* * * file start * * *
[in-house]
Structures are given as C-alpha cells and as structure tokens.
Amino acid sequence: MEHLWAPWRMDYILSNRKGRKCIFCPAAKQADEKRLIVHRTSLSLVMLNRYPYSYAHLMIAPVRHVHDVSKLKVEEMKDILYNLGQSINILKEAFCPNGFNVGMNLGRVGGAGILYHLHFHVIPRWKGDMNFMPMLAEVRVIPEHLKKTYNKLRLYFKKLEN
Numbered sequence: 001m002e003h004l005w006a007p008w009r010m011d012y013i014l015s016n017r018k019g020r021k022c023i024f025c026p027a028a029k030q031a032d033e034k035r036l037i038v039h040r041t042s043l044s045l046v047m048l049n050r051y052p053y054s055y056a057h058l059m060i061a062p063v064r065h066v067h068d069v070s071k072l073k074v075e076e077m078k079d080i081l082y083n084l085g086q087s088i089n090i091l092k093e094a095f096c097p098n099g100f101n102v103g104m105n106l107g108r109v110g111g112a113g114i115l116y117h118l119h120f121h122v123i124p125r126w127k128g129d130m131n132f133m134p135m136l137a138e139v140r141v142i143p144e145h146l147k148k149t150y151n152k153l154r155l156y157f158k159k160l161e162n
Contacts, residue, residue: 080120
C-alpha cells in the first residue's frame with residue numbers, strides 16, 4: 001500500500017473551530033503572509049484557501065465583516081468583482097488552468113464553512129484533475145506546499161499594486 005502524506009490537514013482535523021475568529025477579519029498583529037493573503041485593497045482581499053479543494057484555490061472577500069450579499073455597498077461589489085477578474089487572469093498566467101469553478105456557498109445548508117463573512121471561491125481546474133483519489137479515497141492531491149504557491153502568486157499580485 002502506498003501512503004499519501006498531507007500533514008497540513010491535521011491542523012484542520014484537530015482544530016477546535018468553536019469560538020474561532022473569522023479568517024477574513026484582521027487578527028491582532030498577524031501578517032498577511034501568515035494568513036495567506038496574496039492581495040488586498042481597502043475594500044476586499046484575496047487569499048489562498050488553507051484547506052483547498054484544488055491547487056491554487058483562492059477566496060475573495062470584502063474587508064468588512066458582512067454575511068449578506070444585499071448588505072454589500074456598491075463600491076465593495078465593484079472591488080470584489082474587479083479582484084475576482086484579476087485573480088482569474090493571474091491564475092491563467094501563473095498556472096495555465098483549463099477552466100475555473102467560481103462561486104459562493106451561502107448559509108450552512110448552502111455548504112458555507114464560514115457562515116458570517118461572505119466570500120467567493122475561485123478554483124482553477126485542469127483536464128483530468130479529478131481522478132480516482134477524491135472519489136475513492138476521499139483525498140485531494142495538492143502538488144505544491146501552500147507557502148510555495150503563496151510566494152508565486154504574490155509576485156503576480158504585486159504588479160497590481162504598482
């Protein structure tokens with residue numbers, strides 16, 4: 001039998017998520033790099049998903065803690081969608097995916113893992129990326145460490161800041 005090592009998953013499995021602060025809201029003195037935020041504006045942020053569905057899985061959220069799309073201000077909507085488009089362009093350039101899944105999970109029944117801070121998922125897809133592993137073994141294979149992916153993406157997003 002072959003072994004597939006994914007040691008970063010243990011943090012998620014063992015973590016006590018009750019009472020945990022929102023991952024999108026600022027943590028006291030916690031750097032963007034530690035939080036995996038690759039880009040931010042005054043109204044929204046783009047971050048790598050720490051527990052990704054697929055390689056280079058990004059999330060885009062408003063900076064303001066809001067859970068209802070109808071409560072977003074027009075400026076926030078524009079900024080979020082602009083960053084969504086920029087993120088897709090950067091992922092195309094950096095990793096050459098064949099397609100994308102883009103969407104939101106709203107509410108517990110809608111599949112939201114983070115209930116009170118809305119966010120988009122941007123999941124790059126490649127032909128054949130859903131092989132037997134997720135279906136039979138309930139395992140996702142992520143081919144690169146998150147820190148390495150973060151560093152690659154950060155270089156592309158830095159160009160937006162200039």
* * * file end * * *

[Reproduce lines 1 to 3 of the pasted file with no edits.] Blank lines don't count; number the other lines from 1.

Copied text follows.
[in-house]
Structures are given as C-alpha cells and as structure tokens.
Amino acid sequence: MEHLWAPWRMDYILSNRKGRKCIFCPAAKQADEKRLIVHRTSLSLVMLNRYPYSYAHLMIAPVRHVHDVSKLKVEEMKDILYNLGQSINILKEAFCPNGFNVGMNLGRVGGAGILYHLHFHVIPRWKGDMNFMPMLAEVRVIPEHLKKTYNKLRLYFKKLEN